The dark stillness of night envelopes and cushions us. It draws us into ourselves and close to our loved ones. But comfort turns to horror in a heartbeat when the night becomes weaponized - used by bullies to terrorize and control, allowing the cowardly perpetrator to hide in the shadows and evade detection or identification. This is the most ominous embodiment of the night. Its most salient symbols are those of burning crosses, and the nightriders delivering their messages of terror.
As a Weapon
Music: Nocturne theme music by Kent Sparling
Additional music: Kent Sparling \\ Jeffrey Foster \\ Kid Otter
Producer: Vanessa Lowe
Episode artwork: Robin Galante www.robingalante.com
Rebecca Carroll consulted on this episode. Nick White was our editor. Special thanks to Anne-Ellice Parker for early consultation.
Kidada Williams is a writer and historian who studies what happened to African American survivors of racist violence. Her writings include, “Never Get Over It: What Night-riding Meant to African American Families,” in Reconstruction and the Arc of Racial (in)Justice (2018).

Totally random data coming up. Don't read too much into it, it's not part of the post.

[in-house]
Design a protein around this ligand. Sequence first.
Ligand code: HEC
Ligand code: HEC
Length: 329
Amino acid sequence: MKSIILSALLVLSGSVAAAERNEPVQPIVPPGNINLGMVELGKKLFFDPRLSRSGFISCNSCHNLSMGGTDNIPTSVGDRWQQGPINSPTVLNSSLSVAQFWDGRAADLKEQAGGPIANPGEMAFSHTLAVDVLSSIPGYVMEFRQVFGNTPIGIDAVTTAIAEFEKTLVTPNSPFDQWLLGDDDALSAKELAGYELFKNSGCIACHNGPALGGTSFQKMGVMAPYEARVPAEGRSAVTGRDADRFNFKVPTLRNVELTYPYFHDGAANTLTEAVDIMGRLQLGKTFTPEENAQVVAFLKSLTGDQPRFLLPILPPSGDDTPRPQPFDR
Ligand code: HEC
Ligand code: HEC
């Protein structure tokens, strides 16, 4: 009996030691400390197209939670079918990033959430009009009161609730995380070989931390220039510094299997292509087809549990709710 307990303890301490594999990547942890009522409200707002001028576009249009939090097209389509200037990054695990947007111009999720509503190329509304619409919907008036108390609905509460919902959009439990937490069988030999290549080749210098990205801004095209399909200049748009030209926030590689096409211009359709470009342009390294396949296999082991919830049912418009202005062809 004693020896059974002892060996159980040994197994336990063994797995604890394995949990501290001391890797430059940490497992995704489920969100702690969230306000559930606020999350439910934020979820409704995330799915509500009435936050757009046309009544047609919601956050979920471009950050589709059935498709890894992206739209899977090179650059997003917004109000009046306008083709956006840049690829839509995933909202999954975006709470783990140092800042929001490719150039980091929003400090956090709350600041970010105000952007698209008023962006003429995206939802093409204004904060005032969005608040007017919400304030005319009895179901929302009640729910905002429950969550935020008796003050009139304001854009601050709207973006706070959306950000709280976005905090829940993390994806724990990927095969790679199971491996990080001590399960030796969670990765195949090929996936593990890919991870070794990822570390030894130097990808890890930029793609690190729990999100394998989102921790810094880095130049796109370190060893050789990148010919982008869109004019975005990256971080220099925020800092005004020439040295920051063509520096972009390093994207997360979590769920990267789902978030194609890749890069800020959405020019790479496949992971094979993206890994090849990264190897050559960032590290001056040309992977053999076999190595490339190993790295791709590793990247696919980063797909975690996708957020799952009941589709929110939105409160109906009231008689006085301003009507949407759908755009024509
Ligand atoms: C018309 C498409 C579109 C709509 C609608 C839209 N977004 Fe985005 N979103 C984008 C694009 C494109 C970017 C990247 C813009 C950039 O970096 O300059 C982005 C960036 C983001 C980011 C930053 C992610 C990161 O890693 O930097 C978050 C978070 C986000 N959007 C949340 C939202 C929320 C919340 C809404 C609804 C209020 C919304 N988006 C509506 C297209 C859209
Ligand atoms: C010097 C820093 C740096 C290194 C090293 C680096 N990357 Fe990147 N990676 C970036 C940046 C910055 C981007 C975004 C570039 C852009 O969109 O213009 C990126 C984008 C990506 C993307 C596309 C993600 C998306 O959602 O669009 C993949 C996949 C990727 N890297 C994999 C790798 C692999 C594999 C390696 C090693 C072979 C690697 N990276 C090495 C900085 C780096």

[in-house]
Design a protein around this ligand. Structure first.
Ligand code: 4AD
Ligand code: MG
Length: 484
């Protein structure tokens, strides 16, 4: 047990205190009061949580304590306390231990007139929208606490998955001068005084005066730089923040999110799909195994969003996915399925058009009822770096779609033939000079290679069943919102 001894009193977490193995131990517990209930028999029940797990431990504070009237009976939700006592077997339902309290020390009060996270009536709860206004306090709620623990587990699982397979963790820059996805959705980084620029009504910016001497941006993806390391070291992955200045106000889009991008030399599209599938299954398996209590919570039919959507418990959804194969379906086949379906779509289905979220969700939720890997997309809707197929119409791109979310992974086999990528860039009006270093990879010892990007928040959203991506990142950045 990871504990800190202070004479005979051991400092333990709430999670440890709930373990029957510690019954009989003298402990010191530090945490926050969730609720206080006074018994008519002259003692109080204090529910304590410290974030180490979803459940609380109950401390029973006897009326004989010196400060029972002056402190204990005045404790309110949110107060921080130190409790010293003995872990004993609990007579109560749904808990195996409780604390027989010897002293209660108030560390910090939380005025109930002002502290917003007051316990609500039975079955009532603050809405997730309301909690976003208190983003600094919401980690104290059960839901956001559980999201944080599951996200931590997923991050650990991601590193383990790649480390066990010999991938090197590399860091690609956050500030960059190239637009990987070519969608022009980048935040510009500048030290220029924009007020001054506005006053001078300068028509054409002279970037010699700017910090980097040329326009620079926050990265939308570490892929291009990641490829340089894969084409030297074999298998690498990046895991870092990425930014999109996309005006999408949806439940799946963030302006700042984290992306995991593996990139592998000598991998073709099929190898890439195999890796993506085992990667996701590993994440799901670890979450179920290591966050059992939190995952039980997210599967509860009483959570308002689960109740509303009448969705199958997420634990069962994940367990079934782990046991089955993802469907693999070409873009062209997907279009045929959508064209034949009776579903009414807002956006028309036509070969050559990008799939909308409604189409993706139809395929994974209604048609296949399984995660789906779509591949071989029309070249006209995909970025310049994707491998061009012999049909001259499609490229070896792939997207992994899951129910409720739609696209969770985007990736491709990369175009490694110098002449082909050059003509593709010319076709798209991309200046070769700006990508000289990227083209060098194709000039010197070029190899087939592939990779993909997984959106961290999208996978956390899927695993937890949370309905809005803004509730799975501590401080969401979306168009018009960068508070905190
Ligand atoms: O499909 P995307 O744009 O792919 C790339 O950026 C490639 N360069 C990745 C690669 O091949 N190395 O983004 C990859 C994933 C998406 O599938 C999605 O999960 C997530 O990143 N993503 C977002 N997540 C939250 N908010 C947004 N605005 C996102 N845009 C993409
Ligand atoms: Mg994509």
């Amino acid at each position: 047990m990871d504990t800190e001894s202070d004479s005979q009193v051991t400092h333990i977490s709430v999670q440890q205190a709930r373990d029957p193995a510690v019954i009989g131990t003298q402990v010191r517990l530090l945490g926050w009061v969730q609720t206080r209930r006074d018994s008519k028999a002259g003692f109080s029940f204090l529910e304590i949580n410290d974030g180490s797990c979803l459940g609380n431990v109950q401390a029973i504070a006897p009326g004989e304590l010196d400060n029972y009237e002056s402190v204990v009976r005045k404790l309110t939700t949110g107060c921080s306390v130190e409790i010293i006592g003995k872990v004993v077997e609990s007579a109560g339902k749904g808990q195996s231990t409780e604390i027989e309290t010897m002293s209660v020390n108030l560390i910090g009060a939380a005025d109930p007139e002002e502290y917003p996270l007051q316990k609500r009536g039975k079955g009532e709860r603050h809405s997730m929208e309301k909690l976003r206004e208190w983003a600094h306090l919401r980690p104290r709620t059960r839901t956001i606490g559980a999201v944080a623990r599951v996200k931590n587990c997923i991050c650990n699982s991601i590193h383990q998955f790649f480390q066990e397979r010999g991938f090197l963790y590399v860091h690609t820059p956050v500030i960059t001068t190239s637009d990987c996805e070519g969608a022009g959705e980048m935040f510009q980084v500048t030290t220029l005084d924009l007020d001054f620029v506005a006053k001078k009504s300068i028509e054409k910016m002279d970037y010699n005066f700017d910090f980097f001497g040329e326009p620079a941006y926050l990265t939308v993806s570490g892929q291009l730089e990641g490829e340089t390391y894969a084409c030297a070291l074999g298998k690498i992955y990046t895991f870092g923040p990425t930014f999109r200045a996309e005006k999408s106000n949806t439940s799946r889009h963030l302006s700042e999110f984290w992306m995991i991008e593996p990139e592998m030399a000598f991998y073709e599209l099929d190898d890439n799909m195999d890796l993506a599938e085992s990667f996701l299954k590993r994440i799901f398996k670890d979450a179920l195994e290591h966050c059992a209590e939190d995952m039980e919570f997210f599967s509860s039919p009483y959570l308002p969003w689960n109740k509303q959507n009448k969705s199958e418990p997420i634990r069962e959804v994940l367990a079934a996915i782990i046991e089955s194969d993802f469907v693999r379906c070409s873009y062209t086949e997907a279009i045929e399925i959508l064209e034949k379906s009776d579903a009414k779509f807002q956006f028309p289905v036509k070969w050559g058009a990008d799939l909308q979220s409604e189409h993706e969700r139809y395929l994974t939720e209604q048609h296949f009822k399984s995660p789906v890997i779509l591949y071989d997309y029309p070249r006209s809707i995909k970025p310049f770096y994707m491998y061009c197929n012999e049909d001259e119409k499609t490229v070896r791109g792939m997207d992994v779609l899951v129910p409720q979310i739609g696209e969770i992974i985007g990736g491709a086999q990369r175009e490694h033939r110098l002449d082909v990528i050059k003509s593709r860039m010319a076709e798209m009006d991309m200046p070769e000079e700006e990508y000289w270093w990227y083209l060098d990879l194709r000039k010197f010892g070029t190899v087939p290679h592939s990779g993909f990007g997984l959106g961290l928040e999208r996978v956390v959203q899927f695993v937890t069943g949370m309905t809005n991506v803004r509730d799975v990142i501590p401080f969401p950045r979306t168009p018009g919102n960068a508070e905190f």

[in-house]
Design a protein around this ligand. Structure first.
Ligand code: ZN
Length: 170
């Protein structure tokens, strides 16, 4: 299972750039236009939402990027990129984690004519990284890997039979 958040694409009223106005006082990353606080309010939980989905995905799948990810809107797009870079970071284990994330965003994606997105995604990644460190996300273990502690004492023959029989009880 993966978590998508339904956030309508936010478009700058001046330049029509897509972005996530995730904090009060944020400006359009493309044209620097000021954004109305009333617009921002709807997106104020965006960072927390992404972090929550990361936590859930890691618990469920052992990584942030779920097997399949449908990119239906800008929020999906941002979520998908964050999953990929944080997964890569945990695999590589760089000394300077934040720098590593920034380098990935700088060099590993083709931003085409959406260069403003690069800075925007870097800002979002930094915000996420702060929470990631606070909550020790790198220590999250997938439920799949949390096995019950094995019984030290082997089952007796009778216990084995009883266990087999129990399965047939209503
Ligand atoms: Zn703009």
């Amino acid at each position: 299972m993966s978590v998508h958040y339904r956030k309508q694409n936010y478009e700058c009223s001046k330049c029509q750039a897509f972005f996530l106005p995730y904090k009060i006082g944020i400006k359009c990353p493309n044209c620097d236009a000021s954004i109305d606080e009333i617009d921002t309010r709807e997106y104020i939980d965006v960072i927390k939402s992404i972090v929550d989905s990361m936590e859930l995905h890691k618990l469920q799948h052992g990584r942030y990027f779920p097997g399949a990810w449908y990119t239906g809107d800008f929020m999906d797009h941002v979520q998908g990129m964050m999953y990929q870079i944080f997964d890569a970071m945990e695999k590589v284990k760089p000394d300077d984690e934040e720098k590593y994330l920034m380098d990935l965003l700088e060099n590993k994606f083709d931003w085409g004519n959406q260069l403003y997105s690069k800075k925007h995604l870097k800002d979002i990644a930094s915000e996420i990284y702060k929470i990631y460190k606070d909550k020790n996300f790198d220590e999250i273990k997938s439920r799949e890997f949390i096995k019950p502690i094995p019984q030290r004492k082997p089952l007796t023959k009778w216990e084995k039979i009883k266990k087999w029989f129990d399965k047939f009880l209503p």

David Cunningham is a professor of sociology at Washington State University. His writings include, Klansville, U.S.A.: The Rise and Fall of the Civil Rights-Era Ku Klux Klan.
We highly recommend The 1619 Project, from The New York Times. It is both a written work, and a podcast, which “aims to correct the record, reframing the country's history by placing the consequences of slavery and the contributions of black Americans at the very center of the story we tell ourselves about who we are.”
Reports of Congressional hearings mentioned in this episode are available online. The 13 volumes, made in 1872, comprise the reports and testimonies from the Congressional committee that investigated the Ku Klux Klan and other insurrectionary movements in the former Confederacy after the close of the Civil War. Report of the Joint Select Committee to Inquire into the Condition of Affairs in the Late Insurrectionary States